Here we go again, it is time once more to revisit the greatness of Sachin Tendulkar, arguably the greatest Indian batsman of all time. He has been awarded the Laureus Sporting Moment Award for India's 2011 World Cup triumph and the celebration that followed – specifically the Indian team lifting him on their shoulders during a lap of honour at his home stadium – Wankhede.
Congratulatory messages are pouring in from all around the world, especially from Indian cricketers. While the media and the fans dance to the tune of Sachin-mania, it is worthwhile to pause and reflect on the validity of the choice and the manner in which the winner is decided.
The 'moment' for which Sachin won the award was described as 'Carried on the shoulders of the nation' – referring to the iconic image of Sachin on the shoulders of his teammates after the World Cup win. While that indeed was an iconic moment and deserves to be celebrated with all the pomp and passion it ignites, was it indeed the most iconic sporting moment of the century so far?
Was it more iconic than Cathy Freeman – a native Australian sprinter who ignited the Olympic flame at the Sydney Games' opening ceremony – winning the 400m race at the same games with the entire nation watching her with bated breath?
Was it more iconic than Rafael Nadal's victory in the 2008 Wimbledon Final over Roger Federer after, arguably, the greatest tennis match of all time? Was it more iconic than Usain Bolt's and Michael Phelps' numerous victories? The list can go on.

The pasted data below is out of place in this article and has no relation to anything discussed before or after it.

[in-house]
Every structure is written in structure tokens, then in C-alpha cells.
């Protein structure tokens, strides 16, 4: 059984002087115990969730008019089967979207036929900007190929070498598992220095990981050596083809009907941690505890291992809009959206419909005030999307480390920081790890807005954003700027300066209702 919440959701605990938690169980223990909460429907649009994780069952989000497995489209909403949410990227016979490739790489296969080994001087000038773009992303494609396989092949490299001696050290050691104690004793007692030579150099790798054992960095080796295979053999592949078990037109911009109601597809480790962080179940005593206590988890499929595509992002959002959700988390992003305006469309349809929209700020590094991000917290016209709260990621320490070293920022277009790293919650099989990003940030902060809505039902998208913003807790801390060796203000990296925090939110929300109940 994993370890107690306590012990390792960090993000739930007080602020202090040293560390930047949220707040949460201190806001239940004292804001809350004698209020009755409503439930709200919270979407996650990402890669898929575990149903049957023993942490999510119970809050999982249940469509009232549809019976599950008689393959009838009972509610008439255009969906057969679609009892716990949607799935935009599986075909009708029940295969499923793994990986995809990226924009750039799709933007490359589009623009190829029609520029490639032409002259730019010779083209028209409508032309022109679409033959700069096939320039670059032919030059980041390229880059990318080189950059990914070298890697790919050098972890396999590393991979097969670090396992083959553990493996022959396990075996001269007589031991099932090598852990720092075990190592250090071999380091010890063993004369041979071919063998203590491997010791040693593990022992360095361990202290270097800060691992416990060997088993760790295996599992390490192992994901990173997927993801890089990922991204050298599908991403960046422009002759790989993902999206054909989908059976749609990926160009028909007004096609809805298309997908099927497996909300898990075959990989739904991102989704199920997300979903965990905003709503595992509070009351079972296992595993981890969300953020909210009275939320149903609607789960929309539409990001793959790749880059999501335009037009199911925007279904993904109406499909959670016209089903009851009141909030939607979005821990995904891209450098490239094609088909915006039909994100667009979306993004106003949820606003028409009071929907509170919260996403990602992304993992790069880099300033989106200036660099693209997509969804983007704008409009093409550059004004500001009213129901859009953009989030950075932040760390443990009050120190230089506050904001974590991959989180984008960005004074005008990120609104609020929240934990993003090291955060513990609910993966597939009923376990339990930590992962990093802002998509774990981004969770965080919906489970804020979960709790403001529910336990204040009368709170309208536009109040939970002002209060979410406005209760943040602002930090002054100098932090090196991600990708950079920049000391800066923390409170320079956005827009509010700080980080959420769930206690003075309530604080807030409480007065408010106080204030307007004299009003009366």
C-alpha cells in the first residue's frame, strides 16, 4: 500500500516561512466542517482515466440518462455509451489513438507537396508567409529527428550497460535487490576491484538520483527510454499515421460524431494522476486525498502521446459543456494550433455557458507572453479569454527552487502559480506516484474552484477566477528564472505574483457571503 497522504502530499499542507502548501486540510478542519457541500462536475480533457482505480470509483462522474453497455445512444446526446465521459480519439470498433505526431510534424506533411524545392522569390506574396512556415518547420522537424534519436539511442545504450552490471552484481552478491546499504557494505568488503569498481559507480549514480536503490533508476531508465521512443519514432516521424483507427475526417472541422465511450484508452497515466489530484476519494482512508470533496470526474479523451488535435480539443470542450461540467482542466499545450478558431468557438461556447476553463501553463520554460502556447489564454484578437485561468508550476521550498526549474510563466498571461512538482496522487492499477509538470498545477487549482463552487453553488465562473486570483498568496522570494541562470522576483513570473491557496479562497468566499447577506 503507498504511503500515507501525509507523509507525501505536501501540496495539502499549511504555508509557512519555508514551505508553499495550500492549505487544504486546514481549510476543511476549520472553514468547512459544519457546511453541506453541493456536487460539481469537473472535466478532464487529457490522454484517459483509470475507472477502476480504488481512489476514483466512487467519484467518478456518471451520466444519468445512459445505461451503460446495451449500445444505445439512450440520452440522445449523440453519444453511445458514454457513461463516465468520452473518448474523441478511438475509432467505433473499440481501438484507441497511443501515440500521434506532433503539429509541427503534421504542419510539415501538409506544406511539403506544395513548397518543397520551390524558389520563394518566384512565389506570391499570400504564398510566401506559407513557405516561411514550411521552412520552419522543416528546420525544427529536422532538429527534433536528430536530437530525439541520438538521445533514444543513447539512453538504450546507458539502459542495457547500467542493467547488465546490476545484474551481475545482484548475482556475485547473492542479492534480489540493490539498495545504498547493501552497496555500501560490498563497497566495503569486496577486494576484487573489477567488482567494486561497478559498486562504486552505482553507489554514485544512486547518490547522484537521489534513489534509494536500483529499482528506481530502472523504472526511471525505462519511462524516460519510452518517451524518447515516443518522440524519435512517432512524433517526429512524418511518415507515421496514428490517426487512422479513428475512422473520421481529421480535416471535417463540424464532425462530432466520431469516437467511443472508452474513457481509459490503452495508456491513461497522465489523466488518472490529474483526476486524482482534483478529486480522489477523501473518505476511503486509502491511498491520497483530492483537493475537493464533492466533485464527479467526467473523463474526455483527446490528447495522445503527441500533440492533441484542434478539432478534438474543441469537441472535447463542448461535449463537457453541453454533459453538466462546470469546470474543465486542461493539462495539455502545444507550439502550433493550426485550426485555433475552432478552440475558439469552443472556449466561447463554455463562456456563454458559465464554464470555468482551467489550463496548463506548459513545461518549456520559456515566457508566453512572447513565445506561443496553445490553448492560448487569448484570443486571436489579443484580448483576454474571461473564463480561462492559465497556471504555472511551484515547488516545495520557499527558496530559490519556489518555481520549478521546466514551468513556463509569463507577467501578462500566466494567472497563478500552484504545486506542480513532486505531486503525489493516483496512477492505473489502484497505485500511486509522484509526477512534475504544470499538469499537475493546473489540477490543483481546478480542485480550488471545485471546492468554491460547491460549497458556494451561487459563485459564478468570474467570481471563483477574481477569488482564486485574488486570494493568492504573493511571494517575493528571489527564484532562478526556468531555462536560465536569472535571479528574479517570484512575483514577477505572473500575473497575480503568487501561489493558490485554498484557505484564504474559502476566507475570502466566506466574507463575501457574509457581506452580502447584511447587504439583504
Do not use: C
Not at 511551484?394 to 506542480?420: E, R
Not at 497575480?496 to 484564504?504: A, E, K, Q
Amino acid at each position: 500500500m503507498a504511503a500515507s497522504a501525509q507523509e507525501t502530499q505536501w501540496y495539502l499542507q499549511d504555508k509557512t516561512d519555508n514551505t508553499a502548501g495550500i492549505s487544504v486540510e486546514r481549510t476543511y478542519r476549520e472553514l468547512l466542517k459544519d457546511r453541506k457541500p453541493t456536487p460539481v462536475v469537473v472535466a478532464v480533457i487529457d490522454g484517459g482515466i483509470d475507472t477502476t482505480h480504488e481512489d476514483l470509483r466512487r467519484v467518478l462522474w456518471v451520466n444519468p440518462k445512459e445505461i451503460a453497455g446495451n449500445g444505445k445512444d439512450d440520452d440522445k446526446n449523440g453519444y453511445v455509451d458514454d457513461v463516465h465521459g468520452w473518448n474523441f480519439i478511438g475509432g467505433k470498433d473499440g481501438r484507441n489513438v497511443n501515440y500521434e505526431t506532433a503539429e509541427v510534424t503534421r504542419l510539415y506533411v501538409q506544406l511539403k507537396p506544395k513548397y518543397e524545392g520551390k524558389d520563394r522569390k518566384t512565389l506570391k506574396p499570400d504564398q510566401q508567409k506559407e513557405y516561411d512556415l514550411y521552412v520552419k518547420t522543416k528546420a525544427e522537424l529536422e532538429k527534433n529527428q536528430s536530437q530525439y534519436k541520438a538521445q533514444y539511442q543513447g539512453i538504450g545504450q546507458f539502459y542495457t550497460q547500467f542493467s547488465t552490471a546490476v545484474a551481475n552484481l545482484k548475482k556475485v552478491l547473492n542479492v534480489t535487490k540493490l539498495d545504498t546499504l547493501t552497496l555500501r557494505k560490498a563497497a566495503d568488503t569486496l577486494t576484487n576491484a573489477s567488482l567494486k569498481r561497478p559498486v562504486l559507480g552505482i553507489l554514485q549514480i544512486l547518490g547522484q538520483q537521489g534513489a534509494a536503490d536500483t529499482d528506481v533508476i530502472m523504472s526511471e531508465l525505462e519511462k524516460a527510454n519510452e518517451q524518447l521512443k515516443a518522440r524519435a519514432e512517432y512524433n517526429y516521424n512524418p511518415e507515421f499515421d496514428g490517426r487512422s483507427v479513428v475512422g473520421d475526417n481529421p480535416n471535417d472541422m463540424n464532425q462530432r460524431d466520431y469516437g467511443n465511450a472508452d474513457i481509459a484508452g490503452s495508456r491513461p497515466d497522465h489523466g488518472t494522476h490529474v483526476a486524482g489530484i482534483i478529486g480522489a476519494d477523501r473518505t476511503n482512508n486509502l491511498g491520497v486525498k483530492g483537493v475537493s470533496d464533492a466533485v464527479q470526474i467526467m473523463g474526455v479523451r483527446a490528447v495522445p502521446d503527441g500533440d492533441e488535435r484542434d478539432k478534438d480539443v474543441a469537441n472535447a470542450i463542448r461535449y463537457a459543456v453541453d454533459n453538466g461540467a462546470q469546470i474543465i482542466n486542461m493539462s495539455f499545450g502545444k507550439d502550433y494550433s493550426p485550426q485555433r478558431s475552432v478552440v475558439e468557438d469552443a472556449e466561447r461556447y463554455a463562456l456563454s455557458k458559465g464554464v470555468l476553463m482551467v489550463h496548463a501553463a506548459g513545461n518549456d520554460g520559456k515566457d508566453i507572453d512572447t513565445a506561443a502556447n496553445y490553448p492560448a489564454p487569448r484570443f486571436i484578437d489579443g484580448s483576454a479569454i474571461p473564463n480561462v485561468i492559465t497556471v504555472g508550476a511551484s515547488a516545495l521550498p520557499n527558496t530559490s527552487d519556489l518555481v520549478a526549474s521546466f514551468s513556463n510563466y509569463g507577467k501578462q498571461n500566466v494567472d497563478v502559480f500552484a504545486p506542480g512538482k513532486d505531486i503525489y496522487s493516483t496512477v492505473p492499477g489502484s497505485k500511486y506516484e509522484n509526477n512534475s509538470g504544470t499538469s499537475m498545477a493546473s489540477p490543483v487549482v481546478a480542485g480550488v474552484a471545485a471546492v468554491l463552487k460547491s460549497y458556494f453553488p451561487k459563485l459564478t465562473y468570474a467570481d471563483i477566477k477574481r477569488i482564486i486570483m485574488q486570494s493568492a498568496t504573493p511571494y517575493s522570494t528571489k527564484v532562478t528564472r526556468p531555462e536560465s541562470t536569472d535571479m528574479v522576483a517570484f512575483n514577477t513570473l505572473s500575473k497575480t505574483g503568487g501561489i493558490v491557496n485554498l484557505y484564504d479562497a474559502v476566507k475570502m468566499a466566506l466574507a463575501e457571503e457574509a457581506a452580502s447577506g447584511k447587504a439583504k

Right way to pick the winner?
Then, there is the question of the method of choosing the winner. It is through votes by fans around the world. In any such exercise, the Indian nominee is bound to emerge as the winner. Remember how, some years ago, when Time magazine decided to hold an opinion poll for choosing their Person of the Year, Prime Minister Narendra Modi got more votes than anybody.
The award, however, went to the brave doctors who went to Africa for fighting the spread of Ebola virus. If we go even further back, there was the farcical selection of the top eight wonders of the world through voting by SMSs and online votes.
Not surprisingly, Taj Mahal came out on top as the greatest wonder of the world. Nobody remembers that whole episode now, except for the alleged kiss between Christiano Ronaldo and Bipasha Basu at the event where the winner was declared.
Now, there is a case to be made for such a method for choosing the sporting moment. One can argue that if more people vote for a certain event, that means it affected a greater mass of people. However, in such kind of polls, nationalistic sentiment takes over and people start voting without thinking whether the event they are voting for was indeed as special as it is being made out.
Should Sachin only receive the award?
Lastly, if this moment had to be chosen as the greatest over the last two decades, why give the award only to Sachin Tendulkar. The two men who played the leading role in India's victory in the final – MS Dhoni and Gautam Gambhir – should also be felicitated. In fact, it was a collective effort by the Indian side that won the title. The whole team should have received the honour.
Lastly, let's not be too naïve. We know that India is a huge market for all types of brands. The people at Laureus would have fully known that adding Sachin's name to the nominee list would earn this event a huge audience in India. Without the Indian component, the ceremony would have had many millions fewer people watching or following it.
So, while Sachin's position as one of the greatest sporting icons of the world and a symbol of Indian national pride is unquestioned, his winning this award should be seen in a more nuanced way than through blind adulatory lenses. This doesn't belittle the achievement of the Master Blaster but brings a level of sobriety to the moment.